The Pentagon recently announced a force reduction of 80,000 troops. Defense Secretary Leon Panetta said the new military will need to be “smaller, leaner, but agile and flexible.”
But how do we achieve an agile and flexible force when 30 percent of the force may be off-duty for several days because of illness related to tobacco use? How can we reliably deploy a ready force when a service member’s job performance is reduced because he or she is suffering from the physical effects of tobacco use? Can we afford to continue current policies such as selling tobacco at a discount in our military exchanges?
As a family nurse practitioner and registered nurse for 22 years, I have witnessed the effects of tobacco use on active-duty service members, their families and veterans during the course of my military career.
I particularly remember a gentleman in his late 50s who pulled me aside when I was a new 2nd lieutenant and registered nurse working on a busy cancer unit at Madigan Army Medical Center in Tacoma, Wash. The man was upset and wanted to talk about his lung cancer, his addiction to tobacco and his advice to future generations of service members.
He asked me to “tell the young people not to smoke, not to use tobacco, it has ruined my life, I am dying, it isn’t worth it, it just isn’t worth it.” He died several months later, and although I remember him clearly, I really didn’t know what to do with his message – until now.
I recently had a chance to review some startling information on the effect of tobacco use on military readiness. For starters, soldiers who use tobacco have reduced night vision and mental sharpness and are at an increased risk of heat and cold injuries. Nicotine decreases oxygen in the bloodstream, resulting in a 30 percent reduction in night vision for normal eyes and a 50 percent reduction in those wearing corrective lenses.
Imagine the potential dangers to a deployed service member and his or her team conducting night operations.
In addition to the physical effects, tobacco use is linked to higher rates of absenteeism, lost productivity, increased health care costs and early discharge in the first year of military service. The Department of Defense estimates that it spends about $1.6 billion a year on smoking-related illnesses and that the Veterans Administration spends more than $5 billion a year to treat veterans who smoke.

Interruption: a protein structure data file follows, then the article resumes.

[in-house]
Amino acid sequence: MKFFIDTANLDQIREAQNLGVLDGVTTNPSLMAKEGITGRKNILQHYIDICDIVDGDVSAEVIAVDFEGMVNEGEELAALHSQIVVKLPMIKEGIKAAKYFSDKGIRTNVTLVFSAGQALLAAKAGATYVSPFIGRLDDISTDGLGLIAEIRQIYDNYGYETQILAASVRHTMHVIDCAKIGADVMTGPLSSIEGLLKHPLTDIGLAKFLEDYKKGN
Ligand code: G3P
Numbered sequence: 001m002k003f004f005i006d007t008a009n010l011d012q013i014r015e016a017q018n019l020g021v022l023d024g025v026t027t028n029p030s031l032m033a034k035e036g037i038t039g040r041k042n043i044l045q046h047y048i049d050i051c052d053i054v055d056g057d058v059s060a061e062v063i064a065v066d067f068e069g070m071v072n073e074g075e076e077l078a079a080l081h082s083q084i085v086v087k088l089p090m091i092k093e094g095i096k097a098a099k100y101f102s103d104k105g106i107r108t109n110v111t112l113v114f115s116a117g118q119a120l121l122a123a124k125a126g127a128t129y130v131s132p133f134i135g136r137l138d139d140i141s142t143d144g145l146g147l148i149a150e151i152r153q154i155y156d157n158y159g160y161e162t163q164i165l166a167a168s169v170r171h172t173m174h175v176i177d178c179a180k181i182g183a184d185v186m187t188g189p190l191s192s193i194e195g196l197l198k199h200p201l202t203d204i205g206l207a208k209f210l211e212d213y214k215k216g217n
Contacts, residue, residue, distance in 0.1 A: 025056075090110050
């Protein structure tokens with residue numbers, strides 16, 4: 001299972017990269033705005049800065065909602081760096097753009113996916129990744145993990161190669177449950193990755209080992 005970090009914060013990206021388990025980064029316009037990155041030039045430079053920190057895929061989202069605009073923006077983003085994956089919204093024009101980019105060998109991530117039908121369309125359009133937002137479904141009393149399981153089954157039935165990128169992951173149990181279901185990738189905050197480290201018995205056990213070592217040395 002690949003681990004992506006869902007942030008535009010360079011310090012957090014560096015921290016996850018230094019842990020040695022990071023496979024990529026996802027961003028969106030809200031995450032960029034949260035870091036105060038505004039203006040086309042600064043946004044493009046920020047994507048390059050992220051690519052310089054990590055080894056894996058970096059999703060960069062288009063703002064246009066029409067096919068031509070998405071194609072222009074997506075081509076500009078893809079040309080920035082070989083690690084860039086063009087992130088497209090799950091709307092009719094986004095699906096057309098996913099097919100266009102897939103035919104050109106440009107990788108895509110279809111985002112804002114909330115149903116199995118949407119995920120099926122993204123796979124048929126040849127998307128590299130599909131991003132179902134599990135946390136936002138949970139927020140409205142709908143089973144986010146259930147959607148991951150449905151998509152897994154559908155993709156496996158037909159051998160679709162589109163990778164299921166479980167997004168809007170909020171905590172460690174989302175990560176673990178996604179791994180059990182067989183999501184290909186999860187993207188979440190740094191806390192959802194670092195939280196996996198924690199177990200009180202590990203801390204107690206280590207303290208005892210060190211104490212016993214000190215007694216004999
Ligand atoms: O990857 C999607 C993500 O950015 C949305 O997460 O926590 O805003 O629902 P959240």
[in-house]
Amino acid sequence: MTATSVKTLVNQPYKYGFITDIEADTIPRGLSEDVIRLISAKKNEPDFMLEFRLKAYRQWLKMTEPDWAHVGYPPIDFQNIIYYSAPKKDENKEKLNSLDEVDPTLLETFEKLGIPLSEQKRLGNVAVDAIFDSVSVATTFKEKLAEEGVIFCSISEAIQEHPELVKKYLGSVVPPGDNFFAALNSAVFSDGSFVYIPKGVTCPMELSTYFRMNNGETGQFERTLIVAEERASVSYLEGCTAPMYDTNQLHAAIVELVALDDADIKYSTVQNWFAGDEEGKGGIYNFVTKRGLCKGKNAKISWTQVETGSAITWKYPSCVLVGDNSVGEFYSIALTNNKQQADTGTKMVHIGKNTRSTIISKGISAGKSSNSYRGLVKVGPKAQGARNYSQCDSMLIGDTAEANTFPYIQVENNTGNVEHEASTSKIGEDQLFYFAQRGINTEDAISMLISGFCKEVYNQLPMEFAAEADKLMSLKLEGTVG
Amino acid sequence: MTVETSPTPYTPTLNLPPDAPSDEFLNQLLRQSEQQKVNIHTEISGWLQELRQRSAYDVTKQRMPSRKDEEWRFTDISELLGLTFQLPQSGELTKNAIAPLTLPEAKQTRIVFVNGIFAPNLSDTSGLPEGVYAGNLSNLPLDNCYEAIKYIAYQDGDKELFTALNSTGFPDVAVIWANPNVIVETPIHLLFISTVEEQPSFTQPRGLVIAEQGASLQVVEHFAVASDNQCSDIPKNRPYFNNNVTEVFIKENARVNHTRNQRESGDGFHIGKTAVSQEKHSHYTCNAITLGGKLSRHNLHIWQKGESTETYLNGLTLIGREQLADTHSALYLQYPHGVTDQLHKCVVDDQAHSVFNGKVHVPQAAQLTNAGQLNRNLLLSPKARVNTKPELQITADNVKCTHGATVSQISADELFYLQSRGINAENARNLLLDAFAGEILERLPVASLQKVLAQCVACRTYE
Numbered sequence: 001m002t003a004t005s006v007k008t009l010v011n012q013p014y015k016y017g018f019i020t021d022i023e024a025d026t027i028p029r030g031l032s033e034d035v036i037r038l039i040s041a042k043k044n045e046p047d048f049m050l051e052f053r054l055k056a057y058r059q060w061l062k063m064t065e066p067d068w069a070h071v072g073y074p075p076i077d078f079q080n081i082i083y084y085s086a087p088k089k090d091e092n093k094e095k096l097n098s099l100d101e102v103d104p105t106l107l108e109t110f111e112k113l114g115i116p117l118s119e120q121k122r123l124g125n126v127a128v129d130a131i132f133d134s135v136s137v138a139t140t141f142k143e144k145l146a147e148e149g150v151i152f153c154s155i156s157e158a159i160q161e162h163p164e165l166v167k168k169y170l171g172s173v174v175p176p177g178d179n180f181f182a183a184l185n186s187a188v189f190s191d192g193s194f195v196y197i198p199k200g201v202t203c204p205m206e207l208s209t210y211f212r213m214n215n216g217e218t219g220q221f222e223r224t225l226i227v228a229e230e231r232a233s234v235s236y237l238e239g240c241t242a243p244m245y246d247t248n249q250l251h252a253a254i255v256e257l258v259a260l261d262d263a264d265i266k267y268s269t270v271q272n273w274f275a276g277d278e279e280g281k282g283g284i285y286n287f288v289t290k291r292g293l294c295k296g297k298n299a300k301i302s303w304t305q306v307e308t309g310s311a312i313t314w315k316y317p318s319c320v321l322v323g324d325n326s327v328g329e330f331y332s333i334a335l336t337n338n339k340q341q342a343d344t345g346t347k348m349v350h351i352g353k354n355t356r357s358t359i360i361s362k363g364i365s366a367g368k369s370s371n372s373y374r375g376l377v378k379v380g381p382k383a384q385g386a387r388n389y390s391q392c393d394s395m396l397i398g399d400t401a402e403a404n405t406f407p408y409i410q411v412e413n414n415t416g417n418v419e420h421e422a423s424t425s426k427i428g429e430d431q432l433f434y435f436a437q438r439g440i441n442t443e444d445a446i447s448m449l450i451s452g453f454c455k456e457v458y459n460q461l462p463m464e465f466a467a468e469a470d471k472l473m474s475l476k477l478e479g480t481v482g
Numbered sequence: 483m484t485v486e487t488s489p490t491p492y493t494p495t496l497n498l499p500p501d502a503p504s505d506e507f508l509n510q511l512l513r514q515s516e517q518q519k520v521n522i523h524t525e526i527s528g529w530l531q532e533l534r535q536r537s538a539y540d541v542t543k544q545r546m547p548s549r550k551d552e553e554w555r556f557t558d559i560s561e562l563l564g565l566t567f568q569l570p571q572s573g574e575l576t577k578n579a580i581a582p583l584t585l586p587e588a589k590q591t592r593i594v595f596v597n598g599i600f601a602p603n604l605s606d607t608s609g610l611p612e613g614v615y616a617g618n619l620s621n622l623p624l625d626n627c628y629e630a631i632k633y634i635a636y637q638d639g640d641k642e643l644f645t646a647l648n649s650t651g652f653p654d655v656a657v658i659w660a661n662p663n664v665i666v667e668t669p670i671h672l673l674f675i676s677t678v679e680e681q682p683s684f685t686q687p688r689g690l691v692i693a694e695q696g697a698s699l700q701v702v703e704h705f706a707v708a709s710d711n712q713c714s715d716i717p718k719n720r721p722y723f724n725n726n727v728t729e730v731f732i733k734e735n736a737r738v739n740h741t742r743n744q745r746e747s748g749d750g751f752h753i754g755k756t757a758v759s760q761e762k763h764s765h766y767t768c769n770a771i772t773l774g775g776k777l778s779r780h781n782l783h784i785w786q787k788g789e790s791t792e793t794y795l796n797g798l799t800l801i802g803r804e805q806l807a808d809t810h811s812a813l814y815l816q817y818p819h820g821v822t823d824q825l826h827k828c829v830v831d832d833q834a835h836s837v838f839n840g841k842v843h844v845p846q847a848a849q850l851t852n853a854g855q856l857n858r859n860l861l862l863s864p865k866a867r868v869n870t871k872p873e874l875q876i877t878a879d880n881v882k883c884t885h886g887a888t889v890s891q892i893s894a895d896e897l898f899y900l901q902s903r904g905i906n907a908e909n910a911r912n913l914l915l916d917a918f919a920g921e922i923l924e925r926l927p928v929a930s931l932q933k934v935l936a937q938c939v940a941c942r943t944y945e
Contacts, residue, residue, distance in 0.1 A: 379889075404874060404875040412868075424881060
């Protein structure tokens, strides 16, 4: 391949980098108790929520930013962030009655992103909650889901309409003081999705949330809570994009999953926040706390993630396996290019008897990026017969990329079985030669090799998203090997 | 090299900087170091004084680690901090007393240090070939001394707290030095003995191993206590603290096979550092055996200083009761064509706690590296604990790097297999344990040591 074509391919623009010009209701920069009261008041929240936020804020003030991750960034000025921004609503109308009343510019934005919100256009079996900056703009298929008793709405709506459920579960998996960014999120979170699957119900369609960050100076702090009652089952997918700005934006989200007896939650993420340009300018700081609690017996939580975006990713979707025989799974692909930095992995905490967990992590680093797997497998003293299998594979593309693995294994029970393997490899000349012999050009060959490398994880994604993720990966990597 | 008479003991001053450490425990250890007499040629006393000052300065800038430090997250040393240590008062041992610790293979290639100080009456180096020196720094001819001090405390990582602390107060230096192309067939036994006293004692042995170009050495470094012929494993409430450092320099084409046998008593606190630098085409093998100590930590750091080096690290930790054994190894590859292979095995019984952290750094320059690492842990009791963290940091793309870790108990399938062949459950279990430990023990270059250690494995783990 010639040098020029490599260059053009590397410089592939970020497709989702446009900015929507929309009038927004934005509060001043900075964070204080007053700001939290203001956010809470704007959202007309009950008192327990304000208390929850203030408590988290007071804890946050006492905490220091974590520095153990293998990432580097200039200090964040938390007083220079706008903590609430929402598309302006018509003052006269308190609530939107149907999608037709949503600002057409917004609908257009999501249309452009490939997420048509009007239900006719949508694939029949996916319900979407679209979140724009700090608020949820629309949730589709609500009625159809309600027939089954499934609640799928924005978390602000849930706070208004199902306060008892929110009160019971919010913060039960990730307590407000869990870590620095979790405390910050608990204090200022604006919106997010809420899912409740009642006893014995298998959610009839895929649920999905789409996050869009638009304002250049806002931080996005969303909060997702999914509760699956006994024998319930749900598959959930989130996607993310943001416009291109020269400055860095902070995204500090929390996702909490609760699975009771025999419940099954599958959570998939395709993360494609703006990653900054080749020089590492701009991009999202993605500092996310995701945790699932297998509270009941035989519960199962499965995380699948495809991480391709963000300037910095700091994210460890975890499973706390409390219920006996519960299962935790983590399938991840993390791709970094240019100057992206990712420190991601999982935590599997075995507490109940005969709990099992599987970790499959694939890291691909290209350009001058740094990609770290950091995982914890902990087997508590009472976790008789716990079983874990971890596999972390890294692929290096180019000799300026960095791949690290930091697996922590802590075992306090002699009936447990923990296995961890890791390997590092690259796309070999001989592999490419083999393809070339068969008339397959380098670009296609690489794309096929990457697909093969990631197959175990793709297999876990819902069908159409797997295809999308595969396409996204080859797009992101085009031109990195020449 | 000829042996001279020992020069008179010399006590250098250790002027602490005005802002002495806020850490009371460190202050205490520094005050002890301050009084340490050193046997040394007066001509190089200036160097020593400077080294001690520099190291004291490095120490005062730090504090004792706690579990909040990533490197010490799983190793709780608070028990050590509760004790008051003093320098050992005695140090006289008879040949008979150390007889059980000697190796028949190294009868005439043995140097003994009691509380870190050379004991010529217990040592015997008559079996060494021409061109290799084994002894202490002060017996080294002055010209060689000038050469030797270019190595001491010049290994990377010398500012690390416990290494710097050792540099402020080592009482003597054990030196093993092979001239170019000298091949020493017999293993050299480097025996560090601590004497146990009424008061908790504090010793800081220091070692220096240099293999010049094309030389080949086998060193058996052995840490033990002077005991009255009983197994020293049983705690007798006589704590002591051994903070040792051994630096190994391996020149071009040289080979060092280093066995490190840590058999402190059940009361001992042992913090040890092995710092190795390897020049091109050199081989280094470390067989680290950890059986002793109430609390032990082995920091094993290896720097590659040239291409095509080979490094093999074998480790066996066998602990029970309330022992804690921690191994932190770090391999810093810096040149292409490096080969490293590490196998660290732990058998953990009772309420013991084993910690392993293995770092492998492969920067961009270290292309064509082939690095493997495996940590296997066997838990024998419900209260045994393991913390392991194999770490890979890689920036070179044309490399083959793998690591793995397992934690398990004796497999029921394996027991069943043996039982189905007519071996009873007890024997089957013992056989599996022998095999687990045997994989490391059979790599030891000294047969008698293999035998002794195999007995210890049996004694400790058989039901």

Smoking is also one of the behaviors that contribute to early discharge of service members during their first year of service. These early discharges cost taxpayers more than $130 million a year in lost training expenses.
The Department of Defense, Army, Air Force, Navy and Marines have battled tobacco use in the military by implementing comprehensive tobacco-control programs; however, tobacco use rates among service members continue to be 10 percent higher than the civilian sector. Thirty percent of service members smoke and almost 15 percent use smokeless tobacco.
One possible solution is to stop selling tobacco products at a cheaper price to service members.Currently, Department of Defense directive 1330.9 allows military exchanges to sell tobacco prices at “no lower than 5 percent below the most competitive commercial price in the local community,” and exchange purchases are free from state or local tobacco taxes.
This means that tobacco users may be able to purchase tobacco products at greater than a 5 percent discount from military exchanges. Raising the price of tobacco has been shown to decrease tobacco use in younger service members.
In addition to raising tobacco prices, we also must continue to invest in prevention programs that keep our young service members from using tobacco as well as health-promotion programs that help tobacco users kick this highly addictive habit.
We must make the consequences of tobacco use equal to other health choices faced by service members, such as being overweight, failing the physical fitness test or drinking while driving. A smaller, leaner, but agile and flexible military needs to be healthy in order to deploy anywhere and anytime. For that to happen, our military needs to be tobacco-free.
Edward E. Yackel is a colonel in the Army Nurse Corps and a doctoral student at the Duke University School of Nursing. His views are his alone and do not reflect the official policy of the Department of Army, Department of Defense or U.S. government.